Urgent warning as monkeypox is starting to infect children – the 7 signs you must never ignore | The Sun

PARENTS have been warned to look out for signs of monkeypox in their children as cases continue to rise.

Infections have now hit more than 3,400 globally and medics say if it keeps spreading, the bug could reach the most vulnerable.

The latest data from the UK states that there are currently 1,076 cases across the country, a jump of 32 per cent on last week.

In the US, infections have also been climbing with 351 being recorded by the Centre for Disease Control (CDC).

So far, experts investigating the outbreak have said cases have been in adults, with the majority being detected in men.

Now the World Health Organisation (WHO) has warned that it is investigating reports of infections in two children in the UK as well as kids in France and Spain.

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WHO director-general Tedros Adhanom Ghebreyesus said: "I'm concerned about sustained transmission because it would suggest the virus establishing itself and it could move into high-risk groups including children, the immunocompromised and pregnant women."

Monkeypox is spread through close physical contact, meaning it's easily transmissible.

While symptoms of the illness are the same in adults and kids, children are at higher risk of dying from the bug, as their immune systems are not yet fully developed.

It's important that you know the signs to look out for, especially in little ones, who might not be able to explain how they are feeling.

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The NHS says the first signs of the illness are:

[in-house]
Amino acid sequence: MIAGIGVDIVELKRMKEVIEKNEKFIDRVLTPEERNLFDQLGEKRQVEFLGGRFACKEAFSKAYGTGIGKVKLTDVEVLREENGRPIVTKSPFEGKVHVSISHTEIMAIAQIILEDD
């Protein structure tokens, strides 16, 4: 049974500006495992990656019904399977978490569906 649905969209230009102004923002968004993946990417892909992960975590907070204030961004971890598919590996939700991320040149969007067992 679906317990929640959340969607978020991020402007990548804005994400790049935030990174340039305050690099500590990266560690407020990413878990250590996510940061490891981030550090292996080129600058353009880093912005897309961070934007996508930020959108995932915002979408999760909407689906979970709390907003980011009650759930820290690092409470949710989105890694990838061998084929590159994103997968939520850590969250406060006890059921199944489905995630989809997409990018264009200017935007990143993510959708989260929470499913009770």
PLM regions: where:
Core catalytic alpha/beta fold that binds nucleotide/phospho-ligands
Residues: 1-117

1. High temperature
  2. Headache
  3. Muscle aches
  4. Backache
  5. Swollen glands
  6. Shivering (chills)
  7. Exhaustion

Dr Susan Hopkins, a chief medical adviser at the UKHSA, explained that the illness is "relatively mild" in adults, with young children thought to be more at risk.

Initial symptoms are usually "non-specific", Dr Hopkins said, and are like "a viral illness".

A chickenpox-type rash later spreads across parts of the body.

The rash usually affects the face, hands and arms, but can spread to genital areas.

"It starts as red spots and moves to vesicles – those are blister-type lesions that are a bit like chickenpox," Dr Hopkins said.

"They scab over and once the scabs have fallen off, they're no longer infectious."

Medics say the fatality rate in children is between 1 per cent and 15 per cent.

People who have contracted monkeypox will usually start to experience symptoms five to 21 days after initial infection.

Most of the time, children will experience the same symptoms as adults.

If you think your little one is unwell then you should always seek medical attention.

The NHS states that a rash usually appears one to five days after the symptoms.

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It's important that parents also look out for signs that their child is feeling generally unwell.

If your child is exhausted they might become irritable and not enjoy the things they usually do.

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